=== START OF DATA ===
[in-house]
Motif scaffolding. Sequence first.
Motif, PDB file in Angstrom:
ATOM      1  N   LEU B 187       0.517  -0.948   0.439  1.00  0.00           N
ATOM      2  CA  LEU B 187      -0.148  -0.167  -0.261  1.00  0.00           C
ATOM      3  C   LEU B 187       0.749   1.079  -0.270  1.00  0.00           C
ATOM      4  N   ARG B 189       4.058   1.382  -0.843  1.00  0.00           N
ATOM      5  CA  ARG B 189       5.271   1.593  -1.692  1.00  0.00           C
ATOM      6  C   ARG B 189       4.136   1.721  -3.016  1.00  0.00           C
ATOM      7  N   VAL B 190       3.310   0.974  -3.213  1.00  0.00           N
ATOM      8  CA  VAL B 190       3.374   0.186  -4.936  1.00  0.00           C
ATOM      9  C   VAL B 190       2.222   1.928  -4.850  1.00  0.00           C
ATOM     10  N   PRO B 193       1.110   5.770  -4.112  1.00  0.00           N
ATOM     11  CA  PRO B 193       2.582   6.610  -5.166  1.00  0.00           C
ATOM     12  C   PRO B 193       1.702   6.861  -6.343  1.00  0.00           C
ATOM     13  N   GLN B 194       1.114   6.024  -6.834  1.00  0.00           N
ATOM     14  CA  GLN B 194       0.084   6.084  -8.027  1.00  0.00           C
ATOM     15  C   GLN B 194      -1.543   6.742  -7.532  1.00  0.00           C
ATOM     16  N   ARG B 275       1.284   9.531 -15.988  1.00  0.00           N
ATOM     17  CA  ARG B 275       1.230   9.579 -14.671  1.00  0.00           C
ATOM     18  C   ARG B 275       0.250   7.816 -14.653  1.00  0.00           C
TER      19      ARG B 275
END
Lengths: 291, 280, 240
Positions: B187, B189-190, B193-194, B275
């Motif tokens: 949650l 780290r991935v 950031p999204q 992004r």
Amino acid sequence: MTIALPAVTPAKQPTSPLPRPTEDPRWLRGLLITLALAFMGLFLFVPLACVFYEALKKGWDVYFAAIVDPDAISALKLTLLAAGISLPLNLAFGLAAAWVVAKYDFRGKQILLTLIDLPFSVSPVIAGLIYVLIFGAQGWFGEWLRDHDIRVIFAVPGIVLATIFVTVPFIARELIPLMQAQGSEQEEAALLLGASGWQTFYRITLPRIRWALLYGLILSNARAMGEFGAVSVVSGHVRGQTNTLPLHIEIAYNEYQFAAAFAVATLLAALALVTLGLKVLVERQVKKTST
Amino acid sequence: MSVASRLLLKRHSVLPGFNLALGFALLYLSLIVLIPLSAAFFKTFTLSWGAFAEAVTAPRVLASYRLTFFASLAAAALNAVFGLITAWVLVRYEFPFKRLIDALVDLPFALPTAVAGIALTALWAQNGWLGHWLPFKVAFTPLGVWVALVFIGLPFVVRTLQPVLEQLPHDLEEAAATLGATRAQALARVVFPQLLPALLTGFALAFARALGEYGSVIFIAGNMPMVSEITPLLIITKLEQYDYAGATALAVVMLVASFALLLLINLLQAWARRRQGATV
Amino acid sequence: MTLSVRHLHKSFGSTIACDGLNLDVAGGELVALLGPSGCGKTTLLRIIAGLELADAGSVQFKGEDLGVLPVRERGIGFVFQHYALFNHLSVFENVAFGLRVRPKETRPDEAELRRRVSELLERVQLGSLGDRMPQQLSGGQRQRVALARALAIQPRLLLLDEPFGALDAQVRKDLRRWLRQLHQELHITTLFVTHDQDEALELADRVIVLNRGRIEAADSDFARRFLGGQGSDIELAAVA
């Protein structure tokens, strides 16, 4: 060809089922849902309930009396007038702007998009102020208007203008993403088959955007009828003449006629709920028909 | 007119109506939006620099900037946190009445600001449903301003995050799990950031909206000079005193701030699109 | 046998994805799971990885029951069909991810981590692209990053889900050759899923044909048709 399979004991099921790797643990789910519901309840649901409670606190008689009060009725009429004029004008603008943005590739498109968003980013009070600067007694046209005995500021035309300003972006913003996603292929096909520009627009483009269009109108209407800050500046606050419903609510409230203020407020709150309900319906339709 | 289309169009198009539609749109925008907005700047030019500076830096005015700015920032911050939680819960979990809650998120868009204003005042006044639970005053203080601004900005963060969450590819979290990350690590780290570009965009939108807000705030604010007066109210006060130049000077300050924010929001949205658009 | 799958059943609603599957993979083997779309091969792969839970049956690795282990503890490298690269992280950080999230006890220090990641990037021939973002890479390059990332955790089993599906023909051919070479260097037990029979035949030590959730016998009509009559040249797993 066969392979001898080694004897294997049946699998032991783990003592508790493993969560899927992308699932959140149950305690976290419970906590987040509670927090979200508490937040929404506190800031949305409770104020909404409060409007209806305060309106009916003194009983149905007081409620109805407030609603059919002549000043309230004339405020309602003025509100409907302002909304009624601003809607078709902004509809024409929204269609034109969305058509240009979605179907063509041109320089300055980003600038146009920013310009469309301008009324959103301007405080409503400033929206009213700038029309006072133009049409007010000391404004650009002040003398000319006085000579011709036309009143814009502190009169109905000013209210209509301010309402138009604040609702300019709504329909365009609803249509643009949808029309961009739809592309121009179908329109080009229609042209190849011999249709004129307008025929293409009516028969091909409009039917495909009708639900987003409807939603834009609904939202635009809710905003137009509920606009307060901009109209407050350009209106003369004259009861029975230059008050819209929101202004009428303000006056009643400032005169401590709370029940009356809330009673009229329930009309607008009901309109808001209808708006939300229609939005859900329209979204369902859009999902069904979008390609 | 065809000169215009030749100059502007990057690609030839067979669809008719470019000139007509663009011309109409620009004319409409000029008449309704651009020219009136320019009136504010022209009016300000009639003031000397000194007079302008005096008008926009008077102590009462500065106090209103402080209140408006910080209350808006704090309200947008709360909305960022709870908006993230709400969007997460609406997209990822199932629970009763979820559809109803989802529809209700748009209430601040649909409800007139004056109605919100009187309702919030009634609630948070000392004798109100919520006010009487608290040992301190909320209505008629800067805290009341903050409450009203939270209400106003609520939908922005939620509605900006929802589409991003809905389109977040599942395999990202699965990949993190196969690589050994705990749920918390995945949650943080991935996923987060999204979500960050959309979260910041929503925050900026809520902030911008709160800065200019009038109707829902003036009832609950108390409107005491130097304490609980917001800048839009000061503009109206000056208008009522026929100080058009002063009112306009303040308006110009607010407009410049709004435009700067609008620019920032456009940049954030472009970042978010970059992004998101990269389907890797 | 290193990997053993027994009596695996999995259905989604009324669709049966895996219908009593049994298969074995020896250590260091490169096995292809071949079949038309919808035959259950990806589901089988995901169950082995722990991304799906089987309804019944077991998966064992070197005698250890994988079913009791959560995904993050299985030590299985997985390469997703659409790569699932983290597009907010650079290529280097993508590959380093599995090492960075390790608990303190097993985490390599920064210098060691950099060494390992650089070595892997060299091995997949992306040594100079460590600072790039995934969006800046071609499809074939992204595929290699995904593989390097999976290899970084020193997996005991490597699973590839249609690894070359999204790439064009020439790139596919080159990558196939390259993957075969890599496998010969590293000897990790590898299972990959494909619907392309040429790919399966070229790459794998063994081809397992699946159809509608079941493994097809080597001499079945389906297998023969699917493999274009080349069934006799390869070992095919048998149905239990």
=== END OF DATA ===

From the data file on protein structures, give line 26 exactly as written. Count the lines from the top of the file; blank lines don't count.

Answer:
């Motif tokens: 949650l 780290r991935v 950031p999204q 992004r």